Helpful comments were provided by Laurence Booth, Richard Cantor, Michael Goldstein (Financial Management Association discussant), Raymond Kan, Tom McCurdy, Jin Han Pae, Wulin Suo, Selim Topaloglu, and the reviewer, Louis Ederington. I thank Richard Cantor, John Hull, Christopher Mann, and Alan White for data used in various versions of this article. Excellent research assistance was provided by Yu Du and Ian Glew.
STOCK MARKET REACTION TO ANTICIPATED VERSUS SURPRISE RATING CHANGES
Article first published online: 22 JUN 2007
Journal of Financial Research
Volume 30, Issue 2, pages 301–320, Summer 2007
How to Cite
Purda, L. D. (2007), STOCK MARKET REACTION TO ANTICIPATED VERSUS SURPRISE RATING CHANGES. Journal of Financial Research, 30: 301–320. doi: 10.1111/j.1475-6803.2007.00215.x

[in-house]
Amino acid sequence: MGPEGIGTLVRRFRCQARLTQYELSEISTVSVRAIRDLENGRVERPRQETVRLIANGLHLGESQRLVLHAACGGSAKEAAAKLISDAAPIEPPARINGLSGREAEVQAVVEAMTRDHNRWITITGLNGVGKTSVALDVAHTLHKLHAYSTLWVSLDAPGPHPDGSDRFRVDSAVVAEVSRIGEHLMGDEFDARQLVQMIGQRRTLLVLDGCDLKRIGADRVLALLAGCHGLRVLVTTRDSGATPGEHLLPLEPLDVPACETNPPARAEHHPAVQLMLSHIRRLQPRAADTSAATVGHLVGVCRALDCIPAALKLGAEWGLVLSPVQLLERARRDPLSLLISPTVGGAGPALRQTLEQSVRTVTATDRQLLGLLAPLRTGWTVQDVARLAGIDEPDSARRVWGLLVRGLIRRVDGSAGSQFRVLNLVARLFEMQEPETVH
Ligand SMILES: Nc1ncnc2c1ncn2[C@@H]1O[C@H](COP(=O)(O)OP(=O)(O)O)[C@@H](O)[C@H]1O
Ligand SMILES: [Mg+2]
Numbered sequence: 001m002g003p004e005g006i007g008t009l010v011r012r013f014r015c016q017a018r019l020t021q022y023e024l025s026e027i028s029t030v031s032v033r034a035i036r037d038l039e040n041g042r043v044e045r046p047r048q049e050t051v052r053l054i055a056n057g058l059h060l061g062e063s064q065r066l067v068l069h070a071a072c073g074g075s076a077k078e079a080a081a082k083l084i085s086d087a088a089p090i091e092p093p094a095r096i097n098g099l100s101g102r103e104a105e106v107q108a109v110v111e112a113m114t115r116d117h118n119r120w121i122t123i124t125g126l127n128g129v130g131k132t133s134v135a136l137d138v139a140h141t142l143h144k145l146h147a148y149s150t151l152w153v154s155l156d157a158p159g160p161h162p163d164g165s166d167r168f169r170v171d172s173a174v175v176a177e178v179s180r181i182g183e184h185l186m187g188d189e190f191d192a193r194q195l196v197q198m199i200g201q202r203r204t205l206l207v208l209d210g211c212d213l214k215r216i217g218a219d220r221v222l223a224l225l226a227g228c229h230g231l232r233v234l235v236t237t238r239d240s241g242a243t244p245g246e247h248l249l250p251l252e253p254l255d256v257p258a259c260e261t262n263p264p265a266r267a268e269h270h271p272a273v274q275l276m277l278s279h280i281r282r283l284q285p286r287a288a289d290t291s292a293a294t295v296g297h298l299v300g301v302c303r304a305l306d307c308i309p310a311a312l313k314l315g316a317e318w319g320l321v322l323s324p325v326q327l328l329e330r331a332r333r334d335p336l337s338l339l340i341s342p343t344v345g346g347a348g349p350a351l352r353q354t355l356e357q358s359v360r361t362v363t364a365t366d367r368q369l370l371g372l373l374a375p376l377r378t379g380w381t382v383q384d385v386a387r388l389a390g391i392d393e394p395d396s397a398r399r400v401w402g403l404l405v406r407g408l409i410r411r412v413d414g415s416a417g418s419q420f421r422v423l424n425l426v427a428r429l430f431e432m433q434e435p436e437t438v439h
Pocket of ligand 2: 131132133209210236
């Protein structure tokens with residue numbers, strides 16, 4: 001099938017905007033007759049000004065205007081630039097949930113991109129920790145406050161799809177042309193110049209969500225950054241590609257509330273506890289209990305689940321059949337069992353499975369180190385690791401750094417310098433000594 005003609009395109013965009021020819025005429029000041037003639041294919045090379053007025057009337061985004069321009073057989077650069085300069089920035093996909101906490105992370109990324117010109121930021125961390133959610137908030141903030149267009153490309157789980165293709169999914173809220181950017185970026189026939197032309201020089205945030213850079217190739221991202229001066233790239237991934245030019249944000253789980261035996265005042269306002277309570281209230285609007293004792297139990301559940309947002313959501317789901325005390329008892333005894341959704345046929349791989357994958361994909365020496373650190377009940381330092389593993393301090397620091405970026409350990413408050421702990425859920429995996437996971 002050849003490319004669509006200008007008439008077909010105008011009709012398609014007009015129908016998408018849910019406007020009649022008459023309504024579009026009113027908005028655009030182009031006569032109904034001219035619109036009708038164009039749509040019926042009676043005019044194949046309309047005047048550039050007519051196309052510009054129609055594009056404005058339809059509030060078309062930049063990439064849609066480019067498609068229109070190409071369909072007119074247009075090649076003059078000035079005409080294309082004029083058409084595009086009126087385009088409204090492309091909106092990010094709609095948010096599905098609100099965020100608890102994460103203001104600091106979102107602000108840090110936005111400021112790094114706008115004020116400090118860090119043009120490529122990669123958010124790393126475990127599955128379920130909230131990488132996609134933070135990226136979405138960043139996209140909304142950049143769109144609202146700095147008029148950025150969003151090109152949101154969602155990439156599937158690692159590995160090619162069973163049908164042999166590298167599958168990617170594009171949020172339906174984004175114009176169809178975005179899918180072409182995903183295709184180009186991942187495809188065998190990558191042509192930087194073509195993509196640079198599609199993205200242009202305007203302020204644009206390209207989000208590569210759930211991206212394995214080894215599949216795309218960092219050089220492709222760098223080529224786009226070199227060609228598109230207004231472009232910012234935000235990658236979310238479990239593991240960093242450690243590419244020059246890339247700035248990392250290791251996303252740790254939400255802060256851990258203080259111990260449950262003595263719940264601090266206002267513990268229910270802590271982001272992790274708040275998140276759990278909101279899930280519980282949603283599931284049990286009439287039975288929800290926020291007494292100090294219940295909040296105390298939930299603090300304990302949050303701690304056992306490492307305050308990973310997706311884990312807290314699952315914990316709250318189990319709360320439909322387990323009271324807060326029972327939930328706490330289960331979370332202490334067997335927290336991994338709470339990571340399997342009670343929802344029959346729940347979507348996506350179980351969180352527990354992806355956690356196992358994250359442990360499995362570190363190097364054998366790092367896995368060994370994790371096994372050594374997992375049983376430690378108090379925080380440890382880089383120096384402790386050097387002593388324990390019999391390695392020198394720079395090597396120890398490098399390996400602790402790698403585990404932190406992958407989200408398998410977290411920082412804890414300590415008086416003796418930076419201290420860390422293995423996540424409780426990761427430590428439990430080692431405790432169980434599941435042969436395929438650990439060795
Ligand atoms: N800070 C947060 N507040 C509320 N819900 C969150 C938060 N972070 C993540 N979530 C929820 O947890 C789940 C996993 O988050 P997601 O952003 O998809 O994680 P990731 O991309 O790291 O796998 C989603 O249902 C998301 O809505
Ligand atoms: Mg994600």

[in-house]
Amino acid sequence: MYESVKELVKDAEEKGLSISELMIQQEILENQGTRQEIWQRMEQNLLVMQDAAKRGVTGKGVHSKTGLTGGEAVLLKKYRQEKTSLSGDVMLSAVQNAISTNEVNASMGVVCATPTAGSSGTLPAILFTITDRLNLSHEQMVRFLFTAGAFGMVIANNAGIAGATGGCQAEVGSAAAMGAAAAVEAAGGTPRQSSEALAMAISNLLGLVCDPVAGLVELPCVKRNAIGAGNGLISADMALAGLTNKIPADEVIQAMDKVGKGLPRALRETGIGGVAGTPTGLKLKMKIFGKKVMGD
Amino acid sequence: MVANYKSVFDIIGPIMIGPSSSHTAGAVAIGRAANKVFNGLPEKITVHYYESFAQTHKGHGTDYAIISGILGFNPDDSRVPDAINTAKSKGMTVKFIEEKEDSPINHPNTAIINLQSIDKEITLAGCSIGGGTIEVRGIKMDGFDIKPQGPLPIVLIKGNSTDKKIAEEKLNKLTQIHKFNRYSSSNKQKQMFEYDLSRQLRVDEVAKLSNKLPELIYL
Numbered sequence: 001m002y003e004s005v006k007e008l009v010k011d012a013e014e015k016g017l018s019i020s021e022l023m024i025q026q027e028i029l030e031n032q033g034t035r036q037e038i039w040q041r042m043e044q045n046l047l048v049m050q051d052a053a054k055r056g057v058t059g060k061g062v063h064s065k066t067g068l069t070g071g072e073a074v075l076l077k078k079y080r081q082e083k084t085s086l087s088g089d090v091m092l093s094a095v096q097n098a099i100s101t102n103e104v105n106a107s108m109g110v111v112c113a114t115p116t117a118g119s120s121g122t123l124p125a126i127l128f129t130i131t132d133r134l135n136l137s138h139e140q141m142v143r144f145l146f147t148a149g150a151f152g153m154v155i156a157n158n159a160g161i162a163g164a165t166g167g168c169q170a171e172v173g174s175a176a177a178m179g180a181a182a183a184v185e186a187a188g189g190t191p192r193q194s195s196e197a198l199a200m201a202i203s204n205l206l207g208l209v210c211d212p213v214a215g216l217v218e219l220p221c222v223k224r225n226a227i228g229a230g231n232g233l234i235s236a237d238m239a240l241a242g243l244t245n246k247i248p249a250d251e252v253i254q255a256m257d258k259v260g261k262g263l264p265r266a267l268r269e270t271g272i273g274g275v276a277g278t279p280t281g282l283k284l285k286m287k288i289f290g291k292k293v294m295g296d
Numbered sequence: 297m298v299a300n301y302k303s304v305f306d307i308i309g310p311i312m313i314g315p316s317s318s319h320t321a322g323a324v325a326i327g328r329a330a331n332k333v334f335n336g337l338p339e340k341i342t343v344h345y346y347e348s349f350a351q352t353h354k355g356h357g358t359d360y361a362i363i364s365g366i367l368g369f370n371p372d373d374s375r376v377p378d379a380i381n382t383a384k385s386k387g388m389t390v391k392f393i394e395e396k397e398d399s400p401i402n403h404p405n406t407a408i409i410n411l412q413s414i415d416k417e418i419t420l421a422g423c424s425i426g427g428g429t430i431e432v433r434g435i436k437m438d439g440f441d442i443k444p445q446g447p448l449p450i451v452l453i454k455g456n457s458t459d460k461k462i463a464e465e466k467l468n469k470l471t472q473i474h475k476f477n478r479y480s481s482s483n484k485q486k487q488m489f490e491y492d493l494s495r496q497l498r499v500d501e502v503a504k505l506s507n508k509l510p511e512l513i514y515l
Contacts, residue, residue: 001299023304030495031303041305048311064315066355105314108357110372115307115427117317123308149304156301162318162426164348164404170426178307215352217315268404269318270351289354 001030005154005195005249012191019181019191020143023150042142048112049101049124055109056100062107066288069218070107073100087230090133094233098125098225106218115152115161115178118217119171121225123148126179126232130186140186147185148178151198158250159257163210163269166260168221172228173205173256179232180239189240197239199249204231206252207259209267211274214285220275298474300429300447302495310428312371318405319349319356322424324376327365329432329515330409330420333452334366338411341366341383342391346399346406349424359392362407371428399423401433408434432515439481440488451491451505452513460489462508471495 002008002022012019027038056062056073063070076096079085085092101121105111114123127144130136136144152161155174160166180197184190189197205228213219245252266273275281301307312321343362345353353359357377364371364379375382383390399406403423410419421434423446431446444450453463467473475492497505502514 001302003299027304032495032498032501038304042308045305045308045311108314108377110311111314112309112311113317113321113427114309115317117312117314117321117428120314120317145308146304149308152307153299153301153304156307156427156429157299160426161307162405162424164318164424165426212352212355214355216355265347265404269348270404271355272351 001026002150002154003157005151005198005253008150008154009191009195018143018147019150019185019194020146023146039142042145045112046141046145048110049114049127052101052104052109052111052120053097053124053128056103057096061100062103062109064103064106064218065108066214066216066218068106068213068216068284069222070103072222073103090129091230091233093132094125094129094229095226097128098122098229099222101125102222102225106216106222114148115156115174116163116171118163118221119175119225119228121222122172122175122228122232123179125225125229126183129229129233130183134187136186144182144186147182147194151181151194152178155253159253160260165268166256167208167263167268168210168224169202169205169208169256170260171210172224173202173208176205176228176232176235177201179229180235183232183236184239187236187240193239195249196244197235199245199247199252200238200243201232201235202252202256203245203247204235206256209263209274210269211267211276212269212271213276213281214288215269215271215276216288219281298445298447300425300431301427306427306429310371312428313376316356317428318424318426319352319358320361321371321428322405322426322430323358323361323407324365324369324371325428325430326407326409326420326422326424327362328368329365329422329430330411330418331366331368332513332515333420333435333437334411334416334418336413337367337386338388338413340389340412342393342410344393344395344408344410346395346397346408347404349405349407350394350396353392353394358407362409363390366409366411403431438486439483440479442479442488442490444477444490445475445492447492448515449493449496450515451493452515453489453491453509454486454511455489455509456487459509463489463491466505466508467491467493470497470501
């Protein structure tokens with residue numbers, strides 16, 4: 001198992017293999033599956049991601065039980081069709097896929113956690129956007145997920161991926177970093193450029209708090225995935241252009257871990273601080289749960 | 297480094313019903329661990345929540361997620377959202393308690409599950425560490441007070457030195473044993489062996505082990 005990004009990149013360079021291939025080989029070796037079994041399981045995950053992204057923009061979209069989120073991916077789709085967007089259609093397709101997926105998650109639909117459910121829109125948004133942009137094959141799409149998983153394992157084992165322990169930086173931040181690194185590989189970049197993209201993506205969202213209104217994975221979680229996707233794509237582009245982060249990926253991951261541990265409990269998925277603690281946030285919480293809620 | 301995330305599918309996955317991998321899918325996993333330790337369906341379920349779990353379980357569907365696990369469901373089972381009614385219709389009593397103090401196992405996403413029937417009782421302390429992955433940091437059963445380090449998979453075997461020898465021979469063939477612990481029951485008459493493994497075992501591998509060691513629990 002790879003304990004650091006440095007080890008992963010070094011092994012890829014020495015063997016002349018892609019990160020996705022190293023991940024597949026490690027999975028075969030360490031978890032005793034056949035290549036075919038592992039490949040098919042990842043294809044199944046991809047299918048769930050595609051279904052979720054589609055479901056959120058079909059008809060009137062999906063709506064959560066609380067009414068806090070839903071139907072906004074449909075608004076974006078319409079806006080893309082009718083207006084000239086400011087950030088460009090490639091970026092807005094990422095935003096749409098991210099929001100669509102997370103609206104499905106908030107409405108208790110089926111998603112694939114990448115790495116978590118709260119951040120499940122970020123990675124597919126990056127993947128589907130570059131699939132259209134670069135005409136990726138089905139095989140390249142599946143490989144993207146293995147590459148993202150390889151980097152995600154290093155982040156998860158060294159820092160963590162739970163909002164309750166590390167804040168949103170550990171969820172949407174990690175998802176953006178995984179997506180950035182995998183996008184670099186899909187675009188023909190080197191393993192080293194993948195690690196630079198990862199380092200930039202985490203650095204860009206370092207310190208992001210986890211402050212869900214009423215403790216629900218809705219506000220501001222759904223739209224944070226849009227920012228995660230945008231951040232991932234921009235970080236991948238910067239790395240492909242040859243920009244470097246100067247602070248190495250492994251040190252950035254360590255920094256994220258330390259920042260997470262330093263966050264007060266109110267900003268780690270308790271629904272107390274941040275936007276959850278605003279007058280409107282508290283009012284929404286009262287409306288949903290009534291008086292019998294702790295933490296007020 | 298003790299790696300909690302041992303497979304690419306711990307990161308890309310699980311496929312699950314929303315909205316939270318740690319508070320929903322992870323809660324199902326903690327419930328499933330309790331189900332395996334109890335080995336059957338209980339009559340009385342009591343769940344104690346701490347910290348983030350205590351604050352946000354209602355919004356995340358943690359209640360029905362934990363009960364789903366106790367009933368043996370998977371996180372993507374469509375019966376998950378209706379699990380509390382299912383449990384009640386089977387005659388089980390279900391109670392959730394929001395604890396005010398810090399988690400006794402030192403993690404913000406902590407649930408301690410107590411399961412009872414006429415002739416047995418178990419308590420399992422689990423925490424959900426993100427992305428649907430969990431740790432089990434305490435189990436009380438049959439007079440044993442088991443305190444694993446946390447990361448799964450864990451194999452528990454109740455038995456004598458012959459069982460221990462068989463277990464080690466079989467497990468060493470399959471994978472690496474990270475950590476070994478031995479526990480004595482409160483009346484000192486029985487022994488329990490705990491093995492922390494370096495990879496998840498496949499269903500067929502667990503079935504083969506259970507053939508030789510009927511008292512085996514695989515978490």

- Issue published online: 22 JUN 2007
- Article first published online: 22 JUN 2007
I examine whether bond rating changes can be anticipated by investors and test whether the stock price reaction to the eventual change varies as a result. All else equal, the market reaction to changes that could have been easily predicted should be significantly smaller than the reaction to changes that are largely a surprise. Although rating upgrades prove difficult to predict, approximately 20% of downgrades can be correctly predicted using a relatively small number of publicly available variables. There is no significant difference between the stock price reaction to anticipated versus unanticipated rating changes.